Ancient ruins, weary feet, thunderstorms, meeting super human beings, beautiful fountains and gin

I arrived safely in Rome, and in style, thanks to my Italiarail Pass which upgraded my seats free of charge to Premier. Woohoo! Whilst this might seem like an unnecessary treat for a backpacker, it is really rather handy as there is more luggage space in these carriages and you can even fit cases behind the seats, therefore they are always near you, which is so reassuring when you want to sit back, relax and enjoy the view and not be worrying about your stuff going off with strangers. It meant I also got free water, coffee and snacks. Not bad eh. The trains are very easy to navigate, even if you have to change at stations. Although watch out/listen out for last minute changes to platforms, I’ve been almost caught out twice already.

As for Rome…. I arrived with some trepdiation. A busy city, known for pickpocketing, sprawled out over several Kms so not quite as easy to walk around as Florence and Siena were.  I didn’t fancy the local public transport and so braced myself for some severe walking, especially as I only had one full day there to squeeze everything in.

I was welcomed at the hostel by a couple of super friendly and knowledgeable young guys from the Philippines and offloaded my stuff into the 4-bed female dorm, finding myself once again in the top bunk. I was getting a little negative in my head as I realised there was only one bathroom between appx 12 people and a small kitchen, which was handy, but wasn’t quite offering the space to relax and chill out that I felt I really needed. I needn’t have worried though as it worked out to be a very cosy and super friendly place where it was much easier to get chatting to the others than in a larger hostel, or hotel.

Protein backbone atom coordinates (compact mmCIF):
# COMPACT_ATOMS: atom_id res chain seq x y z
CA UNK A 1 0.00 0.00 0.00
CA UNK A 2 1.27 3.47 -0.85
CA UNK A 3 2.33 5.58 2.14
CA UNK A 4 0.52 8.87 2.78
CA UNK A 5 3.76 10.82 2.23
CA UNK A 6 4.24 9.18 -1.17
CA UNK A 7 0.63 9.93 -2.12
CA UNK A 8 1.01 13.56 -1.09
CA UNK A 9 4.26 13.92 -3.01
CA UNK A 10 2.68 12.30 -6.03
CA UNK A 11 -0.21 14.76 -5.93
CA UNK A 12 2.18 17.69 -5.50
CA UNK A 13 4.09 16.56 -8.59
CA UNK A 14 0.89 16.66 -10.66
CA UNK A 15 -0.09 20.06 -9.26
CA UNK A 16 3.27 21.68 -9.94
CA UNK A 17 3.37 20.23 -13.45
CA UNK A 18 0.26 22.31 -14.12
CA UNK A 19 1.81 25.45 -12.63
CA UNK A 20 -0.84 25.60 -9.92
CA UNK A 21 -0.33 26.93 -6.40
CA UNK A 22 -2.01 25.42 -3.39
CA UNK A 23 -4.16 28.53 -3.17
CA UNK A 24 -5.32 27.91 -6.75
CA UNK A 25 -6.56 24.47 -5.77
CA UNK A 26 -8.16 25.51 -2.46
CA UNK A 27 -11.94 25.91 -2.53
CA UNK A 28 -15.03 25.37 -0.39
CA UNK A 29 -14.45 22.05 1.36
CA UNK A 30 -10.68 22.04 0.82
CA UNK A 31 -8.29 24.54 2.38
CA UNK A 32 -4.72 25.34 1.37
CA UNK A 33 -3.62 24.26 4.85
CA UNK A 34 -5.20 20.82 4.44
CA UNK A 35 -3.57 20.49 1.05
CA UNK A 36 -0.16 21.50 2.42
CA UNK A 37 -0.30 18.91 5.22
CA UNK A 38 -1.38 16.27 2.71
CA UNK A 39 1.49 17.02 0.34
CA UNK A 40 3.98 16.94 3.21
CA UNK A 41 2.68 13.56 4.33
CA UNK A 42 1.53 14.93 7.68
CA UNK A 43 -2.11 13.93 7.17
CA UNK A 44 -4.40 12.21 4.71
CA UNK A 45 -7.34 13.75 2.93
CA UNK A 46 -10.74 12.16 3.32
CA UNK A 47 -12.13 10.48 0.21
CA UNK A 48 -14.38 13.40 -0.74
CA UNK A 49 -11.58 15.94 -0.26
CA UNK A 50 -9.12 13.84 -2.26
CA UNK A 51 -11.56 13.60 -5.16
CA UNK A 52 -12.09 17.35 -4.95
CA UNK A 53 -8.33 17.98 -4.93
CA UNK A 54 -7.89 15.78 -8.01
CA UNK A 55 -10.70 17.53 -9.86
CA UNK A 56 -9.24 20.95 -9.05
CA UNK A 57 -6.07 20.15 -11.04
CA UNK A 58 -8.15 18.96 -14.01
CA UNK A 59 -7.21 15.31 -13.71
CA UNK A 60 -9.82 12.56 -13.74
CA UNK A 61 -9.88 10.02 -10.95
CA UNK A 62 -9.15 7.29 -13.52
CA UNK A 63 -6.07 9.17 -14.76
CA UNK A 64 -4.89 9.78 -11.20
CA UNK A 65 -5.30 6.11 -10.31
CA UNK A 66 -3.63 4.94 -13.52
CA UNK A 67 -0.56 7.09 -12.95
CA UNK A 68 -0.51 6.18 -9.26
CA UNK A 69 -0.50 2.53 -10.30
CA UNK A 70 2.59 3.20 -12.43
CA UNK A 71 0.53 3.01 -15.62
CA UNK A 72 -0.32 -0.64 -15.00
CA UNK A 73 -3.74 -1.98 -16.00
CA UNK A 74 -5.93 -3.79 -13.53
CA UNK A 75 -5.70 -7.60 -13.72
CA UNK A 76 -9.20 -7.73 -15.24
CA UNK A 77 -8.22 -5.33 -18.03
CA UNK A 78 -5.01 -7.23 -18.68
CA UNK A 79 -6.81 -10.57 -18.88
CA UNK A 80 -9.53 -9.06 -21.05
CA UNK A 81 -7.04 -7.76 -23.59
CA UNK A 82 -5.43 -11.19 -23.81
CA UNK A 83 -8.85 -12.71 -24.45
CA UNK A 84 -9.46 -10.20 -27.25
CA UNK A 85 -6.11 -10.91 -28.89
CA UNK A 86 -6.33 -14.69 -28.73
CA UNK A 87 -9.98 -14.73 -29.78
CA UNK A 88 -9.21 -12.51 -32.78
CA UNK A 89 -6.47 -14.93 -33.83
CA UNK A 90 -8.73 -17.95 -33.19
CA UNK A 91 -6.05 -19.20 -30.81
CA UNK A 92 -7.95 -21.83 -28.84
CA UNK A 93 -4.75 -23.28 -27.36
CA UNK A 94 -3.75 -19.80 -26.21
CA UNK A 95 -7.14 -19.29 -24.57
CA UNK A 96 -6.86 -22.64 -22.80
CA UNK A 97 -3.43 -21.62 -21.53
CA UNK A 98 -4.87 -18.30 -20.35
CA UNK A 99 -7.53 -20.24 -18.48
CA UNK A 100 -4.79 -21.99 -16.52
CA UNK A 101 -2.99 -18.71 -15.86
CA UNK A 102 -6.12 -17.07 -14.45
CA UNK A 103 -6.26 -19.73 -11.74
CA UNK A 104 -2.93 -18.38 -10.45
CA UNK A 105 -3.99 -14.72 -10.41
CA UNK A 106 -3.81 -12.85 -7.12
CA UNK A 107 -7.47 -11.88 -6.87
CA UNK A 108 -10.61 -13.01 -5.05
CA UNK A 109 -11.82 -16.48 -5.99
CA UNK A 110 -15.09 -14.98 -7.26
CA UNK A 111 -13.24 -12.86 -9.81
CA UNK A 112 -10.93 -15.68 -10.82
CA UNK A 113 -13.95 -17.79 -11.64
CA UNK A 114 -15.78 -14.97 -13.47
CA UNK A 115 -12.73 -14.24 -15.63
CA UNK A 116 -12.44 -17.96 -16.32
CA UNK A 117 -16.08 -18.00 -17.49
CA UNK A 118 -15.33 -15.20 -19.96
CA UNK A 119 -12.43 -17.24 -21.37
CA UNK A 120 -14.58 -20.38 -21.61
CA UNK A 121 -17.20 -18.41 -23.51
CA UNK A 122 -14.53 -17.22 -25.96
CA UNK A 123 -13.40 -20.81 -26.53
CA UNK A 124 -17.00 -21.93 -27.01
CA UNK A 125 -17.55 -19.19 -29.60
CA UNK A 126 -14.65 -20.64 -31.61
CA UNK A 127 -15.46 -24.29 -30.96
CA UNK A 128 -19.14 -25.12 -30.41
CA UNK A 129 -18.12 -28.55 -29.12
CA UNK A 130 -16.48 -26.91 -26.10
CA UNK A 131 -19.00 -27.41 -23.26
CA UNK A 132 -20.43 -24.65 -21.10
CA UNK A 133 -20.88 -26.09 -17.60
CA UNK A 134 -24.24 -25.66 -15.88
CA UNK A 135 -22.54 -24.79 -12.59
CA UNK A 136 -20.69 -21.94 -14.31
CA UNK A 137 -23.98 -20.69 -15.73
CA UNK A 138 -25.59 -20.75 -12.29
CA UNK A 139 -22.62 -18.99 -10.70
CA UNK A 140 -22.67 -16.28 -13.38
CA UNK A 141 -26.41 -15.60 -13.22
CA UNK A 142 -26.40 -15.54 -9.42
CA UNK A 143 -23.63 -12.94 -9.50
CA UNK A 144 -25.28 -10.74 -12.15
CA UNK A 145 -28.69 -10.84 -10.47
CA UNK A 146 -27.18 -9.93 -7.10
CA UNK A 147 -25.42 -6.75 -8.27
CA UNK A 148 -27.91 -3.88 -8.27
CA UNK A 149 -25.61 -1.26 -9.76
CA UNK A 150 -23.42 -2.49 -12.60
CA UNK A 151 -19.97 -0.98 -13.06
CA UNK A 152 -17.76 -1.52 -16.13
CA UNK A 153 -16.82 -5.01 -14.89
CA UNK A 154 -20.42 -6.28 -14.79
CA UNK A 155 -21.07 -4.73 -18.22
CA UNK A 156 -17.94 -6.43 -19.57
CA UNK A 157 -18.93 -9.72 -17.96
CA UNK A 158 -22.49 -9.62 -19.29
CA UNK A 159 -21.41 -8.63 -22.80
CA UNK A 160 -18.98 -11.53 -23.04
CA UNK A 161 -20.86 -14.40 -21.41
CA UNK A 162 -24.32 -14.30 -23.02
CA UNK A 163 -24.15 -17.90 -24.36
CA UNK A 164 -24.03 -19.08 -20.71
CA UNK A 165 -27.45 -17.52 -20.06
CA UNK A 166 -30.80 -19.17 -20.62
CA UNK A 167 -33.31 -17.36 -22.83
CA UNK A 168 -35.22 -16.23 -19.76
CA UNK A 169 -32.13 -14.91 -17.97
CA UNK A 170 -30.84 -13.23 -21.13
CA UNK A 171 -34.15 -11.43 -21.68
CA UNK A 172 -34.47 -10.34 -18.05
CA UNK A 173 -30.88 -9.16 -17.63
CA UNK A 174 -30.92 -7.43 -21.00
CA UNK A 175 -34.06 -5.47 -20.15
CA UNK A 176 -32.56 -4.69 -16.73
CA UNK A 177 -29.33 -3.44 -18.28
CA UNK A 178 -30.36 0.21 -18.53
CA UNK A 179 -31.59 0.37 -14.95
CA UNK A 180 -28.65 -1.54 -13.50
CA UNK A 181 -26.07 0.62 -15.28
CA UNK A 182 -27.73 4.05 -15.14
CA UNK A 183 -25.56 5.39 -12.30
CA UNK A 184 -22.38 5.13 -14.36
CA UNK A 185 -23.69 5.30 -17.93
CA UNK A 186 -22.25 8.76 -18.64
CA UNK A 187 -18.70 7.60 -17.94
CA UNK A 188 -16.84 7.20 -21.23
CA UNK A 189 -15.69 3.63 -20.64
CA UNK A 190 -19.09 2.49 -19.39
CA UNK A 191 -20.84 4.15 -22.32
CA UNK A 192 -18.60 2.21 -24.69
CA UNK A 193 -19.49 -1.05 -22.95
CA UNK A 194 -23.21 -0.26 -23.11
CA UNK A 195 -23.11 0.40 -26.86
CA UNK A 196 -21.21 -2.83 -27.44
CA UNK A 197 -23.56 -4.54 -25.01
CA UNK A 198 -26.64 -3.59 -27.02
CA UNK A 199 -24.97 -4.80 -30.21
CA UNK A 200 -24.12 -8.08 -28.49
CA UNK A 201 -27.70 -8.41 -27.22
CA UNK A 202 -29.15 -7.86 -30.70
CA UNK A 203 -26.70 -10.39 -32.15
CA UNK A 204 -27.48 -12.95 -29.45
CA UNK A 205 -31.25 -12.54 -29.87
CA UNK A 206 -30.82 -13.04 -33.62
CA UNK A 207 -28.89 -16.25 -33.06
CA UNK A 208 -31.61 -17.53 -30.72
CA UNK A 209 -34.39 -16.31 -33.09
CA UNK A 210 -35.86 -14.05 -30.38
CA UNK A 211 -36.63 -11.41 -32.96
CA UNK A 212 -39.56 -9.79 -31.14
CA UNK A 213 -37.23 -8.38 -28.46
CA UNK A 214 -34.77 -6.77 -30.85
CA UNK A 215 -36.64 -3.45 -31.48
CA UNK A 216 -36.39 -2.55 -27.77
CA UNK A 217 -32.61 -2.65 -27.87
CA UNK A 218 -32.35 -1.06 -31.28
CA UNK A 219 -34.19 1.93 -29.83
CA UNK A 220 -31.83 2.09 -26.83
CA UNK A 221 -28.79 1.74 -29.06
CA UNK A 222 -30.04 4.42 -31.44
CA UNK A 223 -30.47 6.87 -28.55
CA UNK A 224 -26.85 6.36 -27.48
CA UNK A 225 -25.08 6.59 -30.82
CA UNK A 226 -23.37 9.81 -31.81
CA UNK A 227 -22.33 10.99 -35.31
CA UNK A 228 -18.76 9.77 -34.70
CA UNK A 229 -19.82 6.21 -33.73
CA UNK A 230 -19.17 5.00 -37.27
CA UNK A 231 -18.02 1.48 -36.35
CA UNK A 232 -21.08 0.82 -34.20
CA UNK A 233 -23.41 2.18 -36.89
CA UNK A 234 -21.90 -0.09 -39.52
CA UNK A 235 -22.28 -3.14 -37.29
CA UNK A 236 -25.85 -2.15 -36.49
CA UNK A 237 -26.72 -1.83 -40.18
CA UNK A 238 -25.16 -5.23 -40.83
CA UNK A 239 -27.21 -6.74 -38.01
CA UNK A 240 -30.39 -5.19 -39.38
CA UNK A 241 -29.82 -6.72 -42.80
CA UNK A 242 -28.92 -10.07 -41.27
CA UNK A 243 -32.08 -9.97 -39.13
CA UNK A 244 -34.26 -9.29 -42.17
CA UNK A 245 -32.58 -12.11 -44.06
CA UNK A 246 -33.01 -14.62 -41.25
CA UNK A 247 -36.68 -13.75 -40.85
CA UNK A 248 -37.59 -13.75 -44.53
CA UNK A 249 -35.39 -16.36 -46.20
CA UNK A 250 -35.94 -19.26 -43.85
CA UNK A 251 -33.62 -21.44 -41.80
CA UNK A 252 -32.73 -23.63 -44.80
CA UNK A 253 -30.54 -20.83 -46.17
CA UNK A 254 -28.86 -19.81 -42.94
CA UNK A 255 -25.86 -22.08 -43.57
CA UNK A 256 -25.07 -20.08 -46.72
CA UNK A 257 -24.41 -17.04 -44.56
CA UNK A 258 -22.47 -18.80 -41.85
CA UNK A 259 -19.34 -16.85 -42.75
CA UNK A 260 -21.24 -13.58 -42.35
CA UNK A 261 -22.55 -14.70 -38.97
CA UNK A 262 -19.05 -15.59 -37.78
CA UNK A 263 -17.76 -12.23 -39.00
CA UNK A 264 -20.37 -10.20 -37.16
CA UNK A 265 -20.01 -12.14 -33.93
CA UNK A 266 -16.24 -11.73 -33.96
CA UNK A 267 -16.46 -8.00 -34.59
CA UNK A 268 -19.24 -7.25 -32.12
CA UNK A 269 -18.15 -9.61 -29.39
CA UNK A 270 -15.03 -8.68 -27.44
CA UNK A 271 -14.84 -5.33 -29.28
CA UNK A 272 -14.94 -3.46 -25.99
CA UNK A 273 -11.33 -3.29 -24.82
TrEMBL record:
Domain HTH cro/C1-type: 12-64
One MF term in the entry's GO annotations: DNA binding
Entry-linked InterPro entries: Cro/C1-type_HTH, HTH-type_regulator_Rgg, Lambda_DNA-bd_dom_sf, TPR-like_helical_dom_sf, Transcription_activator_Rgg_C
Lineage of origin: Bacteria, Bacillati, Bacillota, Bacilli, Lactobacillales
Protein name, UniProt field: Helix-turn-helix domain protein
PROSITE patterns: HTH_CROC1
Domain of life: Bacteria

I was feeling a little displaced and uncertain about what to do with myself and didn’t really feel like hanging around on my bunk so forced myself out into the streets with my trusty GoogleMaps, HappyCow app and an old fashioned map. Not wanting to venture too far as it was already late in the day, and it would seem no-one liked walking around Rome after dark, I opted for the nearest place to eat listed on HappyCow which turned out to be a pretty good idea as their vegan menu was pretty extensive! Took me a while to decide what to have, but in the end went with two arancini balls (yum) and a tumeric and lemon risotto with seitan pieces (which really didn’t look very appetising, but was actually very tasty) and a small Peroni. Well, when in Rome 😉

Mmmmm arancini!


Eating by myself had really become quite a chore by then but the people at the tables next to me provided some light entertainment (not that they realised) thanks to their loud Southern American drawl, and an older couple who were sat ahead of me spent the entire time barely speaking, with her flicking her finger on the table repeatedly and staring into space… awkward. Was pretty relieved to be dining solo compared to all that.